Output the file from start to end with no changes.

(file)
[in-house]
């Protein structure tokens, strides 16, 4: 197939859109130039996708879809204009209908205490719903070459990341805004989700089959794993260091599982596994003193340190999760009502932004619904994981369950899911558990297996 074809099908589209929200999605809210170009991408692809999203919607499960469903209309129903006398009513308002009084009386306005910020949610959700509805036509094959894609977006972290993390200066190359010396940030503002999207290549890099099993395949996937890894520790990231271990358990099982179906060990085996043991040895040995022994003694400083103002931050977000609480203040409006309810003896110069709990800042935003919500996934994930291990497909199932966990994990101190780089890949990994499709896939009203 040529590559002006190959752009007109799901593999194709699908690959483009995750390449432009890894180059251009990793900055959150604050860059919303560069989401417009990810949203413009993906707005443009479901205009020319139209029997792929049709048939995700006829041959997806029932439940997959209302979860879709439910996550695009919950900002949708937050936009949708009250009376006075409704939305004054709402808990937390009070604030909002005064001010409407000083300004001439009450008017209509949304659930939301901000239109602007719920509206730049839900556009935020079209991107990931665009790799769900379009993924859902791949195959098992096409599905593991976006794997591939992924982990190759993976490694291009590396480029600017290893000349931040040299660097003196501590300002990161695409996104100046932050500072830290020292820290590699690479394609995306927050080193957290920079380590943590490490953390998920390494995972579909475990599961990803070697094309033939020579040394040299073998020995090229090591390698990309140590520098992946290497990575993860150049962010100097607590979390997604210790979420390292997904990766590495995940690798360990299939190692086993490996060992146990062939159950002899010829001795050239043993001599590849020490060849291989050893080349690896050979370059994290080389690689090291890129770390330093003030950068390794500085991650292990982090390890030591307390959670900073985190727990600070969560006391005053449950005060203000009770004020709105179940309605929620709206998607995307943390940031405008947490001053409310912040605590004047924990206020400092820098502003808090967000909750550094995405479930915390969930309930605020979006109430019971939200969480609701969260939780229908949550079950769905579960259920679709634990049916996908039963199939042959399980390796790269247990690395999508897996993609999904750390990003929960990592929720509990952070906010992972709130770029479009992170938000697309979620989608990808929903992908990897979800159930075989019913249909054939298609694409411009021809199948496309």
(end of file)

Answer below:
[in-house]
């Protein structure tokens, strides 16, 4: 197939859109130039996708879809204009209908205490719903070459990341805004989700089959794993260091599982596994003193340190999760009502932004619904994981369950899911558990297996 074809099908589209929200999605809210170009991408692809999203919607499960469903209309129903006398009513308002009084009386306005910020949610959700509805036509094959894609977006972290993390200066190359010396940030503002999207290549890099099993395949996937890894520790990231271990358990099982179906060990085996043991040895040995022994003694400083103002931050977000609480203040409006309810003896110069709990800042935003919500996934994930291990497909199932966990994990101190780089890949990994499709896939009203 040529590559002006190959752009007109799901593999194709699908690959483009995750390449432009890894180059251009990793900055959150604050860059919303560069989401417009990810949203413009993906707005443009479901205009020319139209029997792929049709048939995700006829041959997806029932439940997959209302979860879709439910996550695009919950900002949708937050936009949708009250009376006075409704939305004054709402808990937390009070604030909002005064001010409407000083300004001439009450008017209509949304659930939301901000239109602007719920509206730049839900556009935020079209991107990931665009790799769900379009993924859902791949195959098992096409599905593991976006794997591939992924982990190759993976490694291009590396480029600017290893000349931040040299660097003196501590300002990161695409996104100046932050500072830290020292820290590699690479394609995306927050080193957290920079380590943590490490953390998920390494995972579909475990599961990803070697094309033939020579040394040299073998020995090229090591390698990309140590520098992946290497990575993860150049962010100097607590979390997604210790979420390292997904990766590495995940690798360990299939190692086993490996060992146990062939159950002899010829001795050239043993001599590849020490060849291989050893080349690896050979370059994290080389690689090291890129770390330093003030950068390794500085991650292990982090390890030591307390959670900073985190727990600070969560006391005053449950005060203000009770004020709105179940309605929620709206998607995307943390940031405008947490001053409310912040605590004047924990206020400092820098502003808090967000909750550094995405479930915390969930309930605020979006109430019971939200969480609701969260939780229908949550079950769905579960259920679709634990049916996908039963199939042959399980390796790269247990690395999508897996993609999904750390990003929960990592929720509990952070906010992972709130770029479009992170938000697309979620989608990808929903992908990897979800159930075989019913249909054939298609694409411009021809199948496309």